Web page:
This is the question I asked myself the other day as I struggled yet again with a trolley (a.k.a “trundler”) whilst doing the shopping at Countdown (a.k.a “Woolworths”). It’s been years since I’ve had to suffer a truly dodgy shopping trolley but it seems to be commonplace here. In fact, since we’ve arrived I can’t recall getting a single one that doesn’t have at least one wheel that a) wants to go in a different direction from the other three or b) doesn’t want to go at all. They look new which begs the question of why they’re so shite? Are they shipped here from Oz once they become troublesome?
However, that’s probably the worst of the adjustments to make when grocery shopping here. As I’ve said before, there’s many similarities between Australia and New Zealand, which makes it much easier for Aussies to acclimatise, especially with the mundane-everyday-routine stuff. Most of the brands are familiar and the layout of shops are pretty much the same. It’s almost like being home.
Countdown is the NZ version of Woolies, complete with same logo, Select brand items and jingles playing over the sound system as you shop. New World is similar to Coles and Pak’n’Save is very much the old Franklins, which I don’t think I’ve seen in about 20 years – huge no-frills warehouse style shopping but still good quality stuff.
Fruit and vege is pretty good – much better quality and reasonable prices but I may be unduly biased due to living in a rural area in Australia where our fruit and vege was trucked to us over great distance after spending time in a warehouse in Brisbane.
And oh my gosh BACON. Holy Dooley. There’s a huge supply of Streaky Bacon and done the old fashioned manuka smoked way without the nitrites in it. Absolutely bloody delicious, without a word of a lie. The bacon here is one of the reasons why I started doing lots of walking. Besides passing the time and becoming familiar with the city, it lets me justify eating so much.
To be honest I haven’t noticed much difference in our grocery bill but like I said we’ve come from a rural area with slightly inflated prices. And it’s just the two of us now. This was really highlighted to me when I realised that a block of cheese lasts weeks instead of merely days in our fridge. Not mentioning any names, boys.
The deli section prices their wares slightly differently. For example, rather than a label saying “$18.49 per kg”, it’s “$1.85 per 100g”. The first time I saw a label like that, I did a double-take because I only registered the price and not the amount. I worked in a deli for a few years and can honestly say I’ve never seen items labelled this way, but I do acknowledge that maths-impaired people like myself would appreciate not having to do complex calculations in our head. Or in my case, saying ‘bugger it, I’ll just have it and won’t worry about the cost”.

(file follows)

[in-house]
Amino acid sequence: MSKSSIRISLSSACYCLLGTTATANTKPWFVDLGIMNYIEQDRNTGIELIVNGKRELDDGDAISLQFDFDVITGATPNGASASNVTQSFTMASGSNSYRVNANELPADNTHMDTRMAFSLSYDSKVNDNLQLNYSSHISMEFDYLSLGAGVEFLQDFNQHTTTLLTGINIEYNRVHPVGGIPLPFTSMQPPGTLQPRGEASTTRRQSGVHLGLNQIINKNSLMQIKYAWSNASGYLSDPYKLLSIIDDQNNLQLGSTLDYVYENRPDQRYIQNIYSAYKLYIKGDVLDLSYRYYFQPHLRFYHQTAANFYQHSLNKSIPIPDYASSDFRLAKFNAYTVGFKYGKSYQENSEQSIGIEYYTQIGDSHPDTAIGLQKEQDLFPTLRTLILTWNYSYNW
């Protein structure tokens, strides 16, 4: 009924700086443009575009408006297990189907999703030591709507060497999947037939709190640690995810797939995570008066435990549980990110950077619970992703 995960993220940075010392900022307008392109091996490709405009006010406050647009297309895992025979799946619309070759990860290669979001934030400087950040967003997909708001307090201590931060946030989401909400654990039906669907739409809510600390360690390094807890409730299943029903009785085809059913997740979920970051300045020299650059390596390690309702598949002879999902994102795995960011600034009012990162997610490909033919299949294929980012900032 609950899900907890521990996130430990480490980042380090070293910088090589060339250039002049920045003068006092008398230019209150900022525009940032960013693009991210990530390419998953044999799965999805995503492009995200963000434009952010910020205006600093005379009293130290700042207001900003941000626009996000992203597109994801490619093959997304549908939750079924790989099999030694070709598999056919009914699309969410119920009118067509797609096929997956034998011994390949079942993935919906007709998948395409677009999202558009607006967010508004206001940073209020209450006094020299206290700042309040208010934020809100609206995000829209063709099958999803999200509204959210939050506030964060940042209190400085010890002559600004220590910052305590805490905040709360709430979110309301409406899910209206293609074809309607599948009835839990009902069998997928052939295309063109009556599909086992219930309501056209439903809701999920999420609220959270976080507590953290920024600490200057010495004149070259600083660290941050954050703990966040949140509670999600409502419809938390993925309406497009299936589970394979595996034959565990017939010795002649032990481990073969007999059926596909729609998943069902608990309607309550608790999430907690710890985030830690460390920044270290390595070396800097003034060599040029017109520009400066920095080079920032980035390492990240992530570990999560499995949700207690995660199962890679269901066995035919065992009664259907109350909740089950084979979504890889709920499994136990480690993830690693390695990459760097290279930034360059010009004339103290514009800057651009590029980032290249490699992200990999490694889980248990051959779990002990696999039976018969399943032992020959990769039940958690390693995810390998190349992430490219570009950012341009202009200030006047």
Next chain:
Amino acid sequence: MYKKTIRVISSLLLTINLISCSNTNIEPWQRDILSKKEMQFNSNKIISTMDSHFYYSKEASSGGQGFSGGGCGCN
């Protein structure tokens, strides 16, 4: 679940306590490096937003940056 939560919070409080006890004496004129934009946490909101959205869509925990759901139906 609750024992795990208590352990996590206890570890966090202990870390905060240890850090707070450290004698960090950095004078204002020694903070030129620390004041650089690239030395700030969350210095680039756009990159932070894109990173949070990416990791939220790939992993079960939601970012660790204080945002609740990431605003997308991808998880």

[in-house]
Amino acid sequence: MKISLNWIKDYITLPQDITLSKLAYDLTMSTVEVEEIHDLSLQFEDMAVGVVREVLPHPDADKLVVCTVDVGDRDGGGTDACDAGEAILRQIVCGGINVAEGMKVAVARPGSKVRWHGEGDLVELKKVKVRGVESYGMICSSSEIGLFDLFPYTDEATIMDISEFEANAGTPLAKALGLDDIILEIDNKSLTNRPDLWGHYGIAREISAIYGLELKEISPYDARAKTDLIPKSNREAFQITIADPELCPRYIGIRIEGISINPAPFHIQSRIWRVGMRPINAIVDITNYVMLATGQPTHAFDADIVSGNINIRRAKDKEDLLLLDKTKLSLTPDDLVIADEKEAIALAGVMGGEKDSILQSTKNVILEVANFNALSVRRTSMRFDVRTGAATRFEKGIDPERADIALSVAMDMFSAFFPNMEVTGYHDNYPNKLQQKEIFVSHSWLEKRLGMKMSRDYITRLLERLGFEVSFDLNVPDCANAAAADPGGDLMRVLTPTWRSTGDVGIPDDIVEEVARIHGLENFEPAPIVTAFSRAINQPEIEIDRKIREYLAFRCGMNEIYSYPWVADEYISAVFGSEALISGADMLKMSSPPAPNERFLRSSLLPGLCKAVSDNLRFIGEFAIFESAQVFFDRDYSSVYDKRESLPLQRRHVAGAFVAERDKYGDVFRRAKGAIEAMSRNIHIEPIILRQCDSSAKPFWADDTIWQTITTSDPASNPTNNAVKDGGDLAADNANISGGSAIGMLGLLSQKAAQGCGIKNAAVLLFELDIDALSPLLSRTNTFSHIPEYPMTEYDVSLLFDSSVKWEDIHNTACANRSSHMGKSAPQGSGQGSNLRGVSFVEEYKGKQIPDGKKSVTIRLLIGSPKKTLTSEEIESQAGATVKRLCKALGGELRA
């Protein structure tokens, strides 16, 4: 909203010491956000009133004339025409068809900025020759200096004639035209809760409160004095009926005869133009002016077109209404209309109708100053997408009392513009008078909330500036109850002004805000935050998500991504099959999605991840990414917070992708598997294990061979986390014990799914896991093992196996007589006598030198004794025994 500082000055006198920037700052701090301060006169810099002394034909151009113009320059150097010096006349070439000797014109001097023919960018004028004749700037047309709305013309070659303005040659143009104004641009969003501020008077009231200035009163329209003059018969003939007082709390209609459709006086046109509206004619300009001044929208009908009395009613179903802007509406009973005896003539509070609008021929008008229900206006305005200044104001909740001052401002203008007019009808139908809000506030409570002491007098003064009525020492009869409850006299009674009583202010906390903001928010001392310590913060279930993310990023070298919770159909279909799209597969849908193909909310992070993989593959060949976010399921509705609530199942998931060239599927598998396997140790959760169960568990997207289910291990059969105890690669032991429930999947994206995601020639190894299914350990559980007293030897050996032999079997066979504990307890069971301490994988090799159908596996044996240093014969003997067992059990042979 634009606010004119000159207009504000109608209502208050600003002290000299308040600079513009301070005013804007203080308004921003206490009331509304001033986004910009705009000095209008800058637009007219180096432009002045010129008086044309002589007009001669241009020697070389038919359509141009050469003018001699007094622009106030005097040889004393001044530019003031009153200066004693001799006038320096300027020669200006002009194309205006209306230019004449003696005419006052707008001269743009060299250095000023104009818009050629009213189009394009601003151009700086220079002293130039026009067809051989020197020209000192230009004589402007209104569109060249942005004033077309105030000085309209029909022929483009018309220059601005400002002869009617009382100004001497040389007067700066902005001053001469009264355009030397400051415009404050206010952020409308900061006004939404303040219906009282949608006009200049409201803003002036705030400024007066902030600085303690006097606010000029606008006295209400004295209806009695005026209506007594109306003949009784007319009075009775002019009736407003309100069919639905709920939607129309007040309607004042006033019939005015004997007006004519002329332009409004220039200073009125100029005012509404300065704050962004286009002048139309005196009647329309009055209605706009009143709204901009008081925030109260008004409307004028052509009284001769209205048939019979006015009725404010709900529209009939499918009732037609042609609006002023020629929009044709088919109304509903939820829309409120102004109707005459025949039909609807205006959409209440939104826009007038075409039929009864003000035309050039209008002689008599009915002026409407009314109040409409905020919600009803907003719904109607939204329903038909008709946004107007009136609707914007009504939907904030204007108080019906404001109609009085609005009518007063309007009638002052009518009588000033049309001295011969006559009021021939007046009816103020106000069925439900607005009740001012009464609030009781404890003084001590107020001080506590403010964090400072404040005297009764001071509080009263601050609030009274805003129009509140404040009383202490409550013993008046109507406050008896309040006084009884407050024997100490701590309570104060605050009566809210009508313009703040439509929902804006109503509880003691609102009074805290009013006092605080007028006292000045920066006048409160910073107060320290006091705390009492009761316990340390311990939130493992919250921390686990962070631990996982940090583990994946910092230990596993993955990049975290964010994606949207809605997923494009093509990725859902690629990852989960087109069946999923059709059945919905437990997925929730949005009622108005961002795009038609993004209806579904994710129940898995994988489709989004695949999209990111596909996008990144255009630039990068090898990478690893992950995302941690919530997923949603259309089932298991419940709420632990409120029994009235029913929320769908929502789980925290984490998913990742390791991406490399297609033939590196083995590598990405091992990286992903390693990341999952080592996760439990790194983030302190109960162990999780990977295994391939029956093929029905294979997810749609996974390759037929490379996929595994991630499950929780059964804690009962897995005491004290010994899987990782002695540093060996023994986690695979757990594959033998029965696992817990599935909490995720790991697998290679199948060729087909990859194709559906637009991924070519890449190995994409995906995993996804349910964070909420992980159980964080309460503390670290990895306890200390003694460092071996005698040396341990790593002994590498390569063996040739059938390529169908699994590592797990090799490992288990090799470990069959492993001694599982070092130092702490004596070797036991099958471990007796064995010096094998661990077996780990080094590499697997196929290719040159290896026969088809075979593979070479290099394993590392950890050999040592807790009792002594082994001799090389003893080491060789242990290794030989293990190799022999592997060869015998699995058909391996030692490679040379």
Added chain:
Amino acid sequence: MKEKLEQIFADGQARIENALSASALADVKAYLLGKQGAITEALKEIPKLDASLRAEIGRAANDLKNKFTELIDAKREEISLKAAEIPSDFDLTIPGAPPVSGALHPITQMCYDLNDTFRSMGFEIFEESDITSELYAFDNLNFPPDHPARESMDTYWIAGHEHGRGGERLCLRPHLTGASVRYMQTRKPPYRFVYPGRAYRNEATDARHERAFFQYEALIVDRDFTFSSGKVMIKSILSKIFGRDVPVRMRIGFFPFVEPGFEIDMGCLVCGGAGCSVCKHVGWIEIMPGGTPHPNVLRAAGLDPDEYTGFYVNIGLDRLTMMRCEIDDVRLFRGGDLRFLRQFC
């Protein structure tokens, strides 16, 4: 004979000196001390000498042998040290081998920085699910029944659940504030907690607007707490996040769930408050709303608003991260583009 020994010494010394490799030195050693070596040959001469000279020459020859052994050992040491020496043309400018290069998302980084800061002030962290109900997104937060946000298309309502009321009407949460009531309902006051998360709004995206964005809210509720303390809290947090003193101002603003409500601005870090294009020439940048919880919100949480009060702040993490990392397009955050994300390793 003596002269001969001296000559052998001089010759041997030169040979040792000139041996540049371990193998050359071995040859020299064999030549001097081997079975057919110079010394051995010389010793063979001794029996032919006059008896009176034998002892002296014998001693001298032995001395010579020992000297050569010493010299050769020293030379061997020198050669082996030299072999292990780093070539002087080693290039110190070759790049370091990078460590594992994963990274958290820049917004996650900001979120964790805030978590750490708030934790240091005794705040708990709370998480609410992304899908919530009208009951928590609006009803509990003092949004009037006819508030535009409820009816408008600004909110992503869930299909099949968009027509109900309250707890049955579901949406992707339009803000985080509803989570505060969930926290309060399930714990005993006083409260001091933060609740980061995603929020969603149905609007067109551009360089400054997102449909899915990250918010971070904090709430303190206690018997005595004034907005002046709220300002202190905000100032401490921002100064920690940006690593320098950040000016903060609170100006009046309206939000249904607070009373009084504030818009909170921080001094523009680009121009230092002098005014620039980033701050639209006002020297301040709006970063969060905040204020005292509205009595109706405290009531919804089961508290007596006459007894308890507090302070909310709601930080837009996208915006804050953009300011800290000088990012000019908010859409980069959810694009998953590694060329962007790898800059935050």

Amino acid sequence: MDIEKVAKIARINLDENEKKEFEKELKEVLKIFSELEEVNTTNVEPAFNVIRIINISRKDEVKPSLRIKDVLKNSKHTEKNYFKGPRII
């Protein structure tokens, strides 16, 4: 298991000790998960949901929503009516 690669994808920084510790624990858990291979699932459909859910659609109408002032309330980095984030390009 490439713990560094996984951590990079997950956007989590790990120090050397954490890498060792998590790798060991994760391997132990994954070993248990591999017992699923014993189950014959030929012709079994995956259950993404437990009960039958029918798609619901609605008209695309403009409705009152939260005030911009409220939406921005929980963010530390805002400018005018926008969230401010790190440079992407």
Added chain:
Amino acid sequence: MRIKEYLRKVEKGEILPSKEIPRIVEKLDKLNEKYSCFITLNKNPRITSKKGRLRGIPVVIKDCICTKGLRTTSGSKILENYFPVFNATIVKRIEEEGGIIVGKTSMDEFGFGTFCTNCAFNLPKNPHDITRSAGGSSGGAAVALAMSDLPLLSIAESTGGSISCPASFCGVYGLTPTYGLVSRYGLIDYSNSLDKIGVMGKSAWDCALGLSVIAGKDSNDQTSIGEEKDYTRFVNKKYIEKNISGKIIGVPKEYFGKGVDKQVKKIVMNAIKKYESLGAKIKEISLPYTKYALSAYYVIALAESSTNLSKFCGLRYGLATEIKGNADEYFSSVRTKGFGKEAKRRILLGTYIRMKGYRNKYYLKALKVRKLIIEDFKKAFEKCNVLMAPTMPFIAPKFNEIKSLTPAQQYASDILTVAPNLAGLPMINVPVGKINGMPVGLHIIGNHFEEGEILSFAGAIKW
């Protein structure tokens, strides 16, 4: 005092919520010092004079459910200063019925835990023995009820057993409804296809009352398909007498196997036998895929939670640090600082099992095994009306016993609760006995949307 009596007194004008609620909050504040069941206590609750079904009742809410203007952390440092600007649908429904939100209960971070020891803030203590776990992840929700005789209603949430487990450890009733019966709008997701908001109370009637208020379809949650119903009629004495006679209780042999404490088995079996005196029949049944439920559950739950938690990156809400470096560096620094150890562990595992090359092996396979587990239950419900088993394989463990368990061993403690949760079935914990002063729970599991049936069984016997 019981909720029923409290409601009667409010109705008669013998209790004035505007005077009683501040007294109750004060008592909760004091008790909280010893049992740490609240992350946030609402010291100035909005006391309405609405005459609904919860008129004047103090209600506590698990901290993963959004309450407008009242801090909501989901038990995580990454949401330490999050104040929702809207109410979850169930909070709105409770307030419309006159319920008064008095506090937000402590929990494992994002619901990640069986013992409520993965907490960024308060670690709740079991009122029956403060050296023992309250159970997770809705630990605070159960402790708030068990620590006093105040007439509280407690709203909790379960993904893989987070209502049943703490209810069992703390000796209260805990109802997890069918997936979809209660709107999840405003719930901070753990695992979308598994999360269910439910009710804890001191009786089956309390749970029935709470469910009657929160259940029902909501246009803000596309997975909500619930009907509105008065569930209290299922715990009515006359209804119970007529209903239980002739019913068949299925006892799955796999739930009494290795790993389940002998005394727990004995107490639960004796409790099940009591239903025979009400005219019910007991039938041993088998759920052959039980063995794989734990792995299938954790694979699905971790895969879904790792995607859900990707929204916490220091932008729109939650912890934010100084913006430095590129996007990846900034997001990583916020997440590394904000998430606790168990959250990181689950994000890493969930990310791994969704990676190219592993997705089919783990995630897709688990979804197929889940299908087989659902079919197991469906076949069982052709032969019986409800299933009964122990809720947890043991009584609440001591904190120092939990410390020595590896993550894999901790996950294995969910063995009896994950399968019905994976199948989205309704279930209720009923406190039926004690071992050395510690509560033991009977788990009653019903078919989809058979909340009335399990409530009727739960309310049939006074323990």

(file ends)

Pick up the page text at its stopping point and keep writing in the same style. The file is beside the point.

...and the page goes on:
Organic stuff is a lot easier to get too. For the past few years I’ve bought organic, non-homogenised milk for a few reasons. One is that the amount of fat in milk is really quite low percentage-wise and the processes it goes through to homogenise and remove the fat render the milk not only inedible (in my opinion) but also not entirely good for your body. Another reason is that it’s usually supplied by a small independent company and I like to support the little guy. If I’m honest though, it’s really just because it tastes so nice in my tea. The last few years have been easier to source it in Australia, but here in NZ I’m spoilt for choice.
The second best thing about grocery shopping here is that you can buy beer, cider and wine in the store alongside your groceries. They police it by having to get staff override when you scan it, giving staff the opportunity to scan you to make sure you’re over 18. Funnily enough, I never get asked for ID anymore. Possibly the grey hairs give it away.
The best thing of all is how cheap the alcohol is. The same brand of wine I would regularly purchase in Australia is half the price here. I’m not sure why that is but there’s some things in life I don’t like to question and how much I’m spending on alcohol is one of them.
It’s the same with beer prices. NIH is becoming quite the beer connoisseur – he blames me for this development. Before we lived together he never drank on weeknights at home. I call it ‘mature behaviour’. He calls it ‘bad influence’. Whatever. And even though you’re buying it in a grocery store, there are all kinds of boutique beers and regular specials. It’s a veritable smorgasbord. Of course we only have a wee tipple at night because it’s so cold. So, really, it’s like, ‘medicinal’ and stuff …